Coliform bacteria is a type of organism that inhabits the intestinal tract of animals and people. The bacteria is passed through fecal matter and can contaminate water supplies, if not treated properly. In addition, unsanitary conditions in kitchens can also lead to the contamination of food with coliform bacteria, which is usually referred to as E. coli poisoning. Illness cause by exposure to coliform bacteria may result in a wide variety of symptoms.
The most common symptoms of exposure to coliform bacteria involve the digestive system. Usually seven days after eating or drinking something contaminated with coliform bacteria, patients begin to experience stomach cramping and gas accompanied by a loss of appetite. Their stomach may also feel tender to the touch, and become irritated when digesting food or drinks that contain lactose. The cramps usually give way to very watery stools. As the diarrhoea continues, it begins to become bloody, eventually appearing as if the stool is completely blood and no other type of waste. Diarrhoea usually lasts for two to seven days and often occurs more than 10 times per day. In some cases, people also experience nausea and vomiting, but this is relatively rare.
Illness brought on by coliform bacteria can also cause fever of over 37.8 degrees C. Patients describe a general feeling of malaise and tiredness. If diarrhoea brought on by coliform continues, it can lead to dehydration, which may result in excessive thirst, dry or flushed skin, dark-coloured urine, chills and lightheadedness. If the illness is allowed to progress without the patient's taking steps to ensure proper hydration, more severe symptoms may develop, such as increased heart rate and respiration, muscle cramps and aches, headaches, tingling in the extremities, shrivelled skin, loss of vision, disorientation, seizures and loss of consciousness.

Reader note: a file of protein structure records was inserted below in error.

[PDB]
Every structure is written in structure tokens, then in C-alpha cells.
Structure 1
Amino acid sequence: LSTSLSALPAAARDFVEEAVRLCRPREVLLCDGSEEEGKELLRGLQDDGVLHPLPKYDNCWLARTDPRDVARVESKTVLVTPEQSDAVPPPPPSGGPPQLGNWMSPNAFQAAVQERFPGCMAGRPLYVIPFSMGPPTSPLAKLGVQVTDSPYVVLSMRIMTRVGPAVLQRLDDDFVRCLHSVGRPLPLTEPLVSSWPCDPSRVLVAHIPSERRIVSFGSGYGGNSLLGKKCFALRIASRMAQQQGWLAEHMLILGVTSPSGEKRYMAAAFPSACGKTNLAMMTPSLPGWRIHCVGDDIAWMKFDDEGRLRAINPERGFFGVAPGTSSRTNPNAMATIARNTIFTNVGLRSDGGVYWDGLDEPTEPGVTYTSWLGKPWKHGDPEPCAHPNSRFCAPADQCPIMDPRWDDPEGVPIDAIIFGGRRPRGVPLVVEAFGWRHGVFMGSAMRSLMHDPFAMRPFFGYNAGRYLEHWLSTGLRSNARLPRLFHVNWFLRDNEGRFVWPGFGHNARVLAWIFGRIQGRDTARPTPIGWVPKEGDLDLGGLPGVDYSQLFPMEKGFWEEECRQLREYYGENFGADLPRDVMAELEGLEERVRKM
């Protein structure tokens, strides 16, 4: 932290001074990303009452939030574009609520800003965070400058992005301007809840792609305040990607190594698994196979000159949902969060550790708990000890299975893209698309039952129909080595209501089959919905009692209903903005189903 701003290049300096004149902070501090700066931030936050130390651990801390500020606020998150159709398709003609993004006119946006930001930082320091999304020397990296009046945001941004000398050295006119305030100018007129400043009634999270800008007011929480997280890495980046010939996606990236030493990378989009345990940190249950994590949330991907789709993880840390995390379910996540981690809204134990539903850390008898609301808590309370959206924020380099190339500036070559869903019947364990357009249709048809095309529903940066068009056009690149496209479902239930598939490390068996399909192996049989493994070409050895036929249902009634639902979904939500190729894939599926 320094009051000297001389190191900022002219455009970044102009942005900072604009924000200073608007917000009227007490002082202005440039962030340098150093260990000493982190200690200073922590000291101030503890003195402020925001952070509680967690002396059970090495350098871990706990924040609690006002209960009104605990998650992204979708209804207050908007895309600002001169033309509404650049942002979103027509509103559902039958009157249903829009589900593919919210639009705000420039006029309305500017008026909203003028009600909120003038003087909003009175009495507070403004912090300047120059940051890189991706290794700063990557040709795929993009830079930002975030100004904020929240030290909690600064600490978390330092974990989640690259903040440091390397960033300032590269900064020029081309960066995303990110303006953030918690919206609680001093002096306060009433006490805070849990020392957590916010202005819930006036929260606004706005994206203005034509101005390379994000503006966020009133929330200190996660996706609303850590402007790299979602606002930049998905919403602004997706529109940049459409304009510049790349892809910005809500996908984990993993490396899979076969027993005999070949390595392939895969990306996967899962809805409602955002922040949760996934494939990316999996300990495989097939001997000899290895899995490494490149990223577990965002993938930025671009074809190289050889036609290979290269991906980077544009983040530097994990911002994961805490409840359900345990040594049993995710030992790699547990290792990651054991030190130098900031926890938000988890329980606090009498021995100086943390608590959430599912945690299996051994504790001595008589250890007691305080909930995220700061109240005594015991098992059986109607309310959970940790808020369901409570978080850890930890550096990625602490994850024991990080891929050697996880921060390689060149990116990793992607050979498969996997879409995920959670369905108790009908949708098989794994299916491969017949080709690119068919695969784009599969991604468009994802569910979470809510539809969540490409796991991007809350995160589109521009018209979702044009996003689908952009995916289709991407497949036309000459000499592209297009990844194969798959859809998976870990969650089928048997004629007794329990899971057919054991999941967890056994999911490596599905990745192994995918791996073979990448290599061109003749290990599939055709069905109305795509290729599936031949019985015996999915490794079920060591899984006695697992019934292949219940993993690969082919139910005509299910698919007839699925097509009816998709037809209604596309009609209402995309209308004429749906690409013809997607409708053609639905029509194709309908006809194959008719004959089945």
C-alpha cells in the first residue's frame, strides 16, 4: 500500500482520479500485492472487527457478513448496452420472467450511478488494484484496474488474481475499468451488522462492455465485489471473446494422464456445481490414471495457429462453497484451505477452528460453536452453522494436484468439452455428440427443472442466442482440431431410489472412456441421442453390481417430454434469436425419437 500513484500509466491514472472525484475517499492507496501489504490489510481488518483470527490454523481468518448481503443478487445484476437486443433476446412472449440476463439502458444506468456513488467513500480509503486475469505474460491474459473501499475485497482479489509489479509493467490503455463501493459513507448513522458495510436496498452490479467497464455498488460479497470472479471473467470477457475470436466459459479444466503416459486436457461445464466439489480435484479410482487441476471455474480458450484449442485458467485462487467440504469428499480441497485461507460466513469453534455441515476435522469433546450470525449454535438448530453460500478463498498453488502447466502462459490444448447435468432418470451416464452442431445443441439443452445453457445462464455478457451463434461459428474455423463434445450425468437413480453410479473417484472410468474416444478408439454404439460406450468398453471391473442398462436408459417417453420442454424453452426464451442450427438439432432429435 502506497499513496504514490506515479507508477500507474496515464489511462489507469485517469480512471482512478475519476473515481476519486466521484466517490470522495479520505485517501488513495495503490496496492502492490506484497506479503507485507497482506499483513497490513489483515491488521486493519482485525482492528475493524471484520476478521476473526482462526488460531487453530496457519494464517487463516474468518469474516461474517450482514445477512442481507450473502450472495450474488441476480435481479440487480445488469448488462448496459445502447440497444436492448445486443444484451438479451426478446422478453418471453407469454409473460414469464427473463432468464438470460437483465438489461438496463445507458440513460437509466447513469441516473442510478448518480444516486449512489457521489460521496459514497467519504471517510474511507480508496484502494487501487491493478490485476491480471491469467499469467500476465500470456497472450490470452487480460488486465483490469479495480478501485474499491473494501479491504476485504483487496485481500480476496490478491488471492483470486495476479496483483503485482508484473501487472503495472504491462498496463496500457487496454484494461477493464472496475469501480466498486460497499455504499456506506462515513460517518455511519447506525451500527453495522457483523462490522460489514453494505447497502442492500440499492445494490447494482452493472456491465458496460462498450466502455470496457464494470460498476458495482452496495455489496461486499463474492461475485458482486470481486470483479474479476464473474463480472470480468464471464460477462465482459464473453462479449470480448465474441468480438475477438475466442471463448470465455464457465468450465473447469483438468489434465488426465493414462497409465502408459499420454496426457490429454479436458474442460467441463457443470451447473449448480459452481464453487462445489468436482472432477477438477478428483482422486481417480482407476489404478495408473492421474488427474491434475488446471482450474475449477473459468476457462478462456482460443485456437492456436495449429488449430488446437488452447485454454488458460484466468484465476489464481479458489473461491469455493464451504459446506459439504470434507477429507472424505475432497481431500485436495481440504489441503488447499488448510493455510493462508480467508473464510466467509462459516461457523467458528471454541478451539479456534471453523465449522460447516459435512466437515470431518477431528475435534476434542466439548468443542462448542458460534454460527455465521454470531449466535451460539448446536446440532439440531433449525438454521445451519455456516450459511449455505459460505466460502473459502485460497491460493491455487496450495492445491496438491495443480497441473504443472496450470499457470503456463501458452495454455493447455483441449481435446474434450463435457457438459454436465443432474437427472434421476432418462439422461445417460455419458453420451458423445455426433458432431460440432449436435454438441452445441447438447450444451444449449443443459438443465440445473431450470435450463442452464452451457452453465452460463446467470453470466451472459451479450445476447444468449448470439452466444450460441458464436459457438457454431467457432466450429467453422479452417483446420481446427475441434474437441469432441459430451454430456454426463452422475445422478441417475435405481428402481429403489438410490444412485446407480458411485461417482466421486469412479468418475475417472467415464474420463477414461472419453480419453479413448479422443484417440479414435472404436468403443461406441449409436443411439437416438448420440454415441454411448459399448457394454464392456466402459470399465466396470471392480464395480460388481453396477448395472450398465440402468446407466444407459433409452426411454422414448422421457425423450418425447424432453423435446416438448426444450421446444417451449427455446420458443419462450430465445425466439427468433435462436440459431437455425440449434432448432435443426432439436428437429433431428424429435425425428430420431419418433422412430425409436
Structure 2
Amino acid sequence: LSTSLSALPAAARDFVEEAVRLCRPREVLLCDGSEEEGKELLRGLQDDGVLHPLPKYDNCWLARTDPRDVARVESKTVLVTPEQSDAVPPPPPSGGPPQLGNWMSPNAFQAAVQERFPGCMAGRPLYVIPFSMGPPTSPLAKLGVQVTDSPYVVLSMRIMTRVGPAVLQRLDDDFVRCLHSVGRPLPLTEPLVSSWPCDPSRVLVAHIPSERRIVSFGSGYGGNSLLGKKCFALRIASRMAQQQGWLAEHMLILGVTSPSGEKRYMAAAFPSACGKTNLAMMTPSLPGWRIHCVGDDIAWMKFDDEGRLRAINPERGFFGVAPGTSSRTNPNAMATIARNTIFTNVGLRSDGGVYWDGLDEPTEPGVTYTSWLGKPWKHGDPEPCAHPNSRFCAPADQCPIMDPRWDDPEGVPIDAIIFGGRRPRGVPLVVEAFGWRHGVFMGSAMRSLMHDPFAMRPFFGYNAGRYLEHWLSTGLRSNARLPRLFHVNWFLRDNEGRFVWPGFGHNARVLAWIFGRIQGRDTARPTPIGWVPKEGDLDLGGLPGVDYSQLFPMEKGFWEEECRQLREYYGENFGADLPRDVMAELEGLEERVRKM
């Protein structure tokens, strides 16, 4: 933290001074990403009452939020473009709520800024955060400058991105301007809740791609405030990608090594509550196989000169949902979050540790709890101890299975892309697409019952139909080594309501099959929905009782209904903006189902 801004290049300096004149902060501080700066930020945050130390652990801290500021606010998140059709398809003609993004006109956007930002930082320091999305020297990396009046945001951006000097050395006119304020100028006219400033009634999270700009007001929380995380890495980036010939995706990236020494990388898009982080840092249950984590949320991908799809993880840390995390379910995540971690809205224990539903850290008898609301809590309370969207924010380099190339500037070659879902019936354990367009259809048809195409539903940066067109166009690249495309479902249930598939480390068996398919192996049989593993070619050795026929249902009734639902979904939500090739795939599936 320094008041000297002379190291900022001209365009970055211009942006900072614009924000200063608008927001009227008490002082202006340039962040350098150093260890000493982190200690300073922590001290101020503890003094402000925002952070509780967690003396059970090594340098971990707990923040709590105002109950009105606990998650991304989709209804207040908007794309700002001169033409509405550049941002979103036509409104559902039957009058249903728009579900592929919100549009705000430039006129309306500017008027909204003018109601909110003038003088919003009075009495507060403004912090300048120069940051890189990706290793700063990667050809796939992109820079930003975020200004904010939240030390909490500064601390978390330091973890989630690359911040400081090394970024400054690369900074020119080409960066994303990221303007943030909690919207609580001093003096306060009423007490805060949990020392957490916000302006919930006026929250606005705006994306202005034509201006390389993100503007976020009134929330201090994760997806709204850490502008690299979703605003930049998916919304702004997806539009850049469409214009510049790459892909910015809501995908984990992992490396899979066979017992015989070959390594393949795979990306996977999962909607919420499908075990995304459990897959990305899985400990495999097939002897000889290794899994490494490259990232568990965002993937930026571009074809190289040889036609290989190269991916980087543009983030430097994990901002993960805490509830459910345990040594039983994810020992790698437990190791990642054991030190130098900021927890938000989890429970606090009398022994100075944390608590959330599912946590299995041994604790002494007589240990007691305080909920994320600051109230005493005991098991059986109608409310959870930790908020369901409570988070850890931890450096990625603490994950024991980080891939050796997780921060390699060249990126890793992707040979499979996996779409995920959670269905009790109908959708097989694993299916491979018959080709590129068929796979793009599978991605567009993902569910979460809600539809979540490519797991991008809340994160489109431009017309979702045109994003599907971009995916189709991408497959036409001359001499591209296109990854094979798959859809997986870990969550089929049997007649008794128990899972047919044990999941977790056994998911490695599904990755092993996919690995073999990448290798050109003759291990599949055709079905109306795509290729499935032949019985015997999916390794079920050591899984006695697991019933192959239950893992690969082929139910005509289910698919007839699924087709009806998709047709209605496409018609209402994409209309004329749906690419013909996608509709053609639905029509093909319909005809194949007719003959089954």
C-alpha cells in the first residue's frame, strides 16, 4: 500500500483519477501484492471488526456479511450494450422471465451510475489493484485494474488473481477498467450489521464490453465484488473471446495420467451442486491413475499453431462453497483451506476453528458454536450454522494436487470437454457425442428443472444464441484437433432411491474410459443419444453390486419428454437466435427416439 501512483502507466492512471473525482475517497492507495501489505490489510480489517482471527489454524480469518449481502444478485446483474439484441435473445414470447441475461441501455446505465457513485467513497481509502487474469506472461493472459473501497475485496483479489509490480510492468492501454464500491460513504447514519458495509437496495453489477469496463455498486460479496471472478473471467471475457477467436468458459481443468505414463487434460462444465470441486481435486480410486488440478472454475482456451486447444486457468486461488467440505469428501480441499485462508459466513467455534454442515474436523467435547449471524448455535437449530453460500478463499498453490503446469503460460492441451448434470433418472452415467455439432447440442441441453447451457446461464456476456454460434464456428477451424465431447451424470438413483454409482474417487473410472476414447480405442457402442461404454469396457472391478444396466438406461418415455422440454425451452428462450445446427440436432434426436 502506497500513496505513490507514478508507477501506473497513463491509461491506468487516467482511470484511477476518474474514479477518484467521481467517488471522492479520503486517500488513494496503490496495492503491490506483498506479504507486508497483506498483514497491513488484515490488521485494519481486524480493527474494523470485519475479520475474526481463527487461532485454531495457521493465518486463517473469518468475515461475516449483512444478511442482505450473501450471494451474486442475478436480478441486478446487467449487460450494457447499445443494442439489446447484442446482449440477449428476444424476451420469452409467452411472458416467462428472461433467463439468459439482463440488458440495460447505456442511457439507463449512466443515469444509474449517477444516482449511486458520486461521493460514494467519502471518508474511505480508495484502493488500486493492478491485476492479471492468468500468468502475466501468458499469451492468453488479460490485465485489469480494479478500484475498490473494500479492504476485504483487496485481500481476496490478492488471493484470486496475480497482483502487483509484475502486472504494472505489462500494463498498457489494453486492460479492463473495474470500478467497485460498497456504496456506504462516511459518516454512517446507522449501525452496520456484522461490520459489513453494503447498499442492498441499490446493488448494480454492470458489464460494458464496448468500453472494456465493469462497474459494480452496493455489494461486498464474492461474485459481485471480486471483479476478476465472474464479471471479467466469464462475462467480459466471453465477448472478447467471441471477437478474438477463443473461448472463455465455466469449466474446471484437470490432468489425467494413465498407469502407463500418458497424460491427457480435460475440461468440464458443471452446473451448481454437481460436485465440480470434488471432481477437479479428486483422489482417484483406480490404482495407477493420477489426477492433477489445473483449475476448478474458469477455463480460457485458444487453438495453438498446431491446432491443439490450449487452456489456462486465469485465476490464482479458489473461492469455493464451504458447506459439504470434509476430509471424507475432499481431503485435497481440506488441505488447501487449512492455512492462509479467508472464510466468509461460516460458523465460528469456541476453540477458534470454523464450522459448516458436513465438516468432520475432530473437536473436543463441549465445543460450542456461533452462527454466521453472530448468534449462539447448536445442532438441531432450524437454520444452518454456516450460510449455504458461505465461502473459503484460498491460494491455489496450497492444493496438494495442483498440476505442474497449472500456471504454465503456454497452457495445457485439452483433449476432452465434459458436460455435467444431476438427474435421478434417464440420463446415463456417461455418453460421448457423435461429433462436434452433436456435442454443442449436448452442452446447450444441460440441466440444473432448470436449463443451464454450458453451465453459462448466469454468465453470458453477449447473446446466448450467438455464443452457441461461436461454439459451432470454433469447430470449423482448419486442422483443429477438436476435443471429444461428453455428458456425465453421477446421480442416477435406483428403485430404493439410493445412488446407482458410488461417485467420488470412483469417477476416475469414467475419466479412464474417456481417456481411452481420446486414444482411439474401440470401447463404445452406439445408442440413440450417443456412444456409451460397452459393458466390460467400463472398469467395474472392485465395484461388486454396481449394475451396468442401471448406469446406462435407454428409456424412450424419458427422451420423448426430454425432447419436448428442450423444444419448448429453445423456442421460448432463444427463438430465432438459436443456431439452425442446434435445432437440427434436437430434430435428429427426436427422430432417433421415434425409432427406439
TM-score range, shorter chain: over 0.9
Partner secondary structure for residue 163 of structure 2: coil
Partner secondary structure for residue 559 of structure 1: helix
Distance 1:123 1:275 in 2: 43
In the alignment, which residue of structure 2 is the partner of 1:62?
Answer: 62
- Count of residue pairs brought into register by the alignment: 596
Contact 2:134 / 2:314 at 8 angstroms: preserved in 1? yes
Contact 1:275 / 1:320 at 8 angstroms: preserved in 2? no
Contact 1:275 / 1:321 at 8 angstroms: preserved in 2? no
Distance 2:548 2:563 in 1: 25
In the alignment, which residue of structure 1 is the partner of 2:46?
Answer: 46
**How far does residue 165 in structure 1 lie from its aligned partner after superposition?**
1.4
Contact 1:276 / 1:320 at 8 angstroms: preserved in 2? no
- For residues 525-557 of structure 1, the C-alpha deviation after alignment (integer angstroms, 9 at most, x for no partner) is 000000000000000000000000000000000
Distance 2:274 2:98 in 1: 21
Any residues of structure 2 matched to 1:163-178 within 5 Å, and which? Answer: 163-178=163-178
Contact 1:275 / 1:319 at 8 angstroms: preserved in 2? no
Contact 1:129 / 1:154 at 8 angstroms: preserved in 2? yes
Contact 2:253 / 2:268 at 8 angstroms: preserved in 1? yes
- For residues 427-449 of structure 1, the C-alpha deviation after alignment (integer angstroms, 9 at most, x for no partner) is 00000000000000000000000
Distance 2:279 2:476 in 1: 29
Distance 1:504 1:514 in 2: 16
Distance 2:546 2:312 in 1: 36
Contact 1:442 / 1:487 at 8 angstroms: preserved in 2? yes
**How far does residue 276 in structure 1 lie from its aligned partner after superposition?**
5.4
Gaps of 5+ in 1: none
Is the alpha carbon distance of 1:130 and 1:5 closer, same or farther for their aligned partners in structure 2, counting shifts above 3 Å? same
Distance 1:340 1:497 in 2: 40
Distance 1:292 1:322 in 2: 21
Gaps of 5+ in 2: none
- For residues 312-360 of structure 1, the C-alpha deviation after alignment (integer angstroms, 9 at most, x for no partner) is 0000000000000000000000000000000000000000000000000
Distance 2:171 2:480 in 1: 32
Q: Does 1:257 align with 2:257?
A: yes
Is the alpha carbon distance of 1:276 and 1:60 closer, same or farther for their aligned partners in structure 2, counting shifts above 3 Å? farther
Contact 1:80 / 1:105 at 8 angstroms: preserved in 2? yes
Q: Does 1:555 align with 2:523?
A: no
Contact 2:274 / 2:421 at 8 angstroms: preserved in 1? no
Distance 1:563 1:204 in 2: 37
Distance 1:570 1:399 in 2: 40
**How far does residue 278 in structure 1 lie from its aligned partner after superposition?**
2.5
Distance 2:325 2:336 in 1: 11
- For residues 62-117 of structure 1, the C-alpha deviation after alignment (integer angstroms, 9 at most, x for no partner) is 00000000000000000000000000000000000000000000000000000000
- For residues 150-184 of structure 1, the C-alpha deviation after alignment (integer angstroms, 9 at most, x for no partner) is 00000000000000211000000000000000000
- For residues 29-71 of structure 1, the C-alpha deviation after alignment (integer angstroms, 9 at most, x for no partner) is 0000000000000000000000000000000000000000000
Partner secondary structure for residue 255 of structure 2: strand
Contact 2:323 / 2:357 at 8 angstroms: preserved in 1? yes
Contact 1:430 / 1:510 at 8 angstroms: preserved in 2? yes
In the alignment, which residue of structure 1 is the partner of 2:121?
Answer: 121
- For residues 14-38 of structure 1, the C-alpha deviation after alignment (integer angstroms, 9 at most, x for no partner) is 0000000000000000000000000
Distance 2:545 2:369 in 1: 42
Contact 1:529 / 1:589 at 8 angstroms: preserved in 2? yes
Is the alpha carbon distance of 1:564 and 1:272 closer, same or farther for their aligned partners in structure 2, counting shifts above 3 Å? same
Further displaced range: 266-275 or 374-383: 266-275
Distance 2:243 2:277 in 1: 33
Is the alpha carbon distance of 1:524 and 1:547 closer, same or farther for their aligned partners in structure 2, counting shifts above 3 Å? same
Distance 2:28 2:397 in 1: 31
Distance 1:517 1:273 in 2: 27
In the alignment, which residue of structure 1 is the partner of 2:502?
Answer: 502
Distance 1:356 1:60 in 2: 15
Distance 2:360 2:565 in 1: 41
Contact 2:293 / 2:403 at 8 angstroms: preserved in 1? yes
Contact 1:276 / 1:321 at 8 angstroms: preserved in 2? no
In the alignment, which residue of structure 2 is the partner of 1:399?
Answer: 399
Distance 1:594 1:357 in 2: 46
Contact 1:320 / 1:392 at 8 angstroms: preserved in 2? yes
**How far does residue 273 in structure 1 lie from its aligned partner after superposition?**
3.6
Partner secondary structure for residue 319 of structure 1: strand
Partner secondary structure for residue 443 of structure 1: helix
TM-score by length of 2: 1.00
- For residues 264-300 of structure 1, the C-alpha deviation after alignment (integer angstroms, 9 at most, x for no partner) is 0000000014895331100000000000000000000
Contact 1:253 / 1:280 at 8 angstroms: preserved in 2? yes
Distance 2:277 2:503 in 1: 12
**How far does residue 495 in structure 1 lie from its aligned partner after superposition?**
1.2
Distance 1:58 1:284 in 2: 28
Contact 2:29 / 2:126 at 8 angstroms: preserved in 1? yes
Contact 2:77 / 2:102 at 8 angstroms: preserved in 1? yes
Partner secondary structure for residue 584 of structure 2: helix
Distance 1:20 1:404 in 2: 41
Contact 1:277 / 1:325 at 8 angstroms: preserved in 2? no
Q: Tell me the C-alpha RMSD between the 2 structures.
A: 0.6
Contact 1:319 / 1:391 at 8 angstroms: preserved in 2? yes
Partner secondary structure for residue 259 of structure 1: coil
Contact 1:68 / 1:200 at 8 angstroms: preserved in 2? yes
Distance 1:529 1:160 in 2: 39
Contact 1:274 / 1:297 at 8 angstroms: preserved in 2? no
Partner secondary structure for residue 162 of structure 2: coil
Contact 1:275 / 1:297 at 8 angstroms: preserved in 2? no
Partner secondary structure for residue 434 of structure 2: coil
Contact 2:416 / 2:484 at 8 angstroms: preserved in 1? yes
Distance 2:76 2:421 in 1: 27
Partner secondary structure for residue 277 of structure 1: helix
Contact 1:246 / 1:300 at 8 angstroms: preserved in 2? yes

Thrombotic Thrombocytopenic Purpura
At times, exposure to coliform bacteria shows none of the traditional symptoms, instead inhibiting the production of blood platelets. In this case, different signs of the infection may present themselves, including pale skin, weakness, a decreased production of urine, irritability, seizures or paralysis on one side of the body. If this condition is left untreated, it can lead to permanent mental impairment, blindness and loss of mobility.
In children, stomach cramps may occur but then disappear. Five to 10 days after these initial symptoms, children may then present new symptoms as a result of acute kidney failure brought on by the coliform bacteria. Signs of acute kidney failure in children include lethargy, swelling of the limbs, confusion, a metallic taste in the mouth, difficulty concentrating, extreme fatigue and vomiting.
To prevent the complications brought on by coliform bacterial infections, patients should see a doctor as soon as any of a number of warning signs are present. These include an inability to keep fluids down, diarrhoea that is prolonged for more than four days or the presence of blood in the stool. To prevent coliform contamination, people should be sure to wash their hands after defecating and to cook meat thoroughly. In addition, it is important to drink only water that has been treated for bacteria, including purified tap water and bottled water.